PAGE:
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About Min

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    full time potter

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  1. Blistering / What Causes it?

    I agree with what Magnolia Mud Research has said about looking at your firing schedules, both for bisque and glaze firings. Do you use witness cones to verify the firings? I found this image of the same glaze, looks vastly different from yours. I know you said your picture is deceptive but there is a huge difference between your glaze surface and the one from the link. Given the silica:alumina ratio I would expect it to be a high gloss when fired to maturity. Leaves me to think that you have two issues going on here, firstly the bisque firing wasn't thorough enough to burn out all the gas producing materials and secondly the glaze firing didn't get hot enough. Clean and slow bisque firing with as much ventilation as you can get, (vent the kiln or peeps out for most of the firing if you don't have a vent) to cone 04 plus verify your glaze firing with cones, add a soak just below your top temperature to allow time for the pinholes and blisters to heal and smooth over.
  2. are these engobes ?

    Both a slip and an engobe can change the surface texture and colour of the clay to which it’s applied to. An engobe is similar to a slip but is made with less clay content than a slip. Typically slips are formulated to be similar to a claybody in chemistry (or the clay body itself is used to make a slip). Since there is less clay in an engobe it is going to shrink less than a slip therefore can be used on leather-hard, dry greenware or bisque without shrinkage problems. Slips work best when applied as soon as possible to the still wet or damp clay pot so the slip and the pot shrink together. Engobes have higher flux content than slips to help create a bond between the clay surface and the engobe whereas a slip bonds to the surface through the interface between the damp clay and the slip. Slips don't rely on additional fluxes to bond with the pot. Since there is more flux in an engobe than a slip the fired surface can be more vitreous than a slip . I think part of the confusion comes from the term "vitreous slip" which by definition it is an engobe and not a slip. Underglazes can have a clay base or a frit base but with either they still have the properties of an engobe more than a slip. Others may have different definitions, this is my understanding of the terms.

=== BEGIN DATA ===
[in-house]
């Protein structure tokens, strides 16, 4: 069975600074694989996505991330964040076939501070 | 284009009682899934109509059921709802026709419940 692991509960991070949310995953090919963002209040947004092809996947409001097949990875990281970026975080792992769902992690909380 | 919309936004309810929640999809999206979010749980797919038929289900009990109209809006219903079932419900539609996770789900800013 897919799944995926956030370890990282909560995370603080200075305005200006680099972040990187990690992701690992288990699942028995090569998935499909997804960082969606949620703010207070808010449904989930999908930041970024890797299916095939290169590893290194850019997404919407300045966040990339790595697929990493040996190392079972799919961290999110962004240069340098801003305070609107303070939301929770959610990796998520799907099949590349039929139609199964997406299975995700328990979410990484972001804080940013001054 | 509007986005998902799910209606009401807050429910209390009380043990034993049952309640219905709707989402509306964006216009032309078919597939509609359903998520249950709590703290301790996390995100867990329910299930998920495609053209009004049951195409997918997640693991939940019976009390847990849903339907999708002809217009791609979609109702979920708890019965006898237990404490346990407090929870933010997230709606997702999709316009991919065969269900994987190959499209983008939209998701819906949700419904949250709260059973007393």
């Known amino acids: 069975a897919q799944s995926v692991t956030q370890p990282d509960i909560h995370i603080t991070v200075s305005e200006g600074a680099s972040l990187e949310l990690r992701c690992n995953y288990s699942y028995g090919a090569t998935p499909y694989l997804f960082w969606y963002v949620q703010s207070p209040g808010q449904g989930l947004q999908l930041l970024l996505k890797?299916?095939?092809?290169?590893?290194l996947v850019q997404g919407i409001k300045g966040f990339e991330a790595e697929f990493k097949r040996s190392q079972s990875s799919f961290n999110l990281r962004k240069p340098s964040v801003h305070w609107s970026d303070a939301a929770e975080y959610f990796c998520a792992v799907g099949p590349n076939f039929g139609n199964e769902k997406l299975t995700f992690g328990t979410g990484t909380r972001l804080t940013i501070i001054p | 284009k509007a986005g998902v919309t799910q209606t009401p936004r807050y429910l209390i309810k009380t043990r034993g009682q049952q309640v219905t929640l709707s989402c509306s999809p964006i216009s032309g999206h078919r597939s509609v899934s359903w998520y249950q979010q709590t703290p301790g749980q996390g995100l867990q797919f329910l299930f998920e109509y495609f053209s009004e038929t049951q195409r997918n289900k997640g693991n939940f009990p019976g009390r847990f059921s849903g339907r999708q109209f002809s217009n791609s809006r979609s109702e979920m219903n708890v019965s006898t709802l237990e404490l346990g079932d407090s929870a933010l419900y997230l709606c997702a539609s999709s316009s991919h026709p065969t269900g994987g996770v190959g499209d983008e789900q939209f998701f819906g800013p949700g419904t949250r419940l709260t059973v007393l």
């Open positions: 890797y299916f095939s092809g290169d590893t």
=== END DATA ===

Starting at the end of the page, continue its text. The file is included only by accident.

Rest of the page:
3. Away for a few days, cabin up the coast, wifi can be spotty where I'm going. 

    1. terrim8


      Have a nice time!


  4. Newbie without bentonite

    Whiting is calcium carbonate which acts as a flux. To opacify, zircopax, tin or sometimes titanium dioxide is used. edit: Pres linked a glossary to the top of the Studio Operations and Making Work section, it's a good place to look up materials etc.
  5. Thanks for posting my question Pres. hanging planters for succulents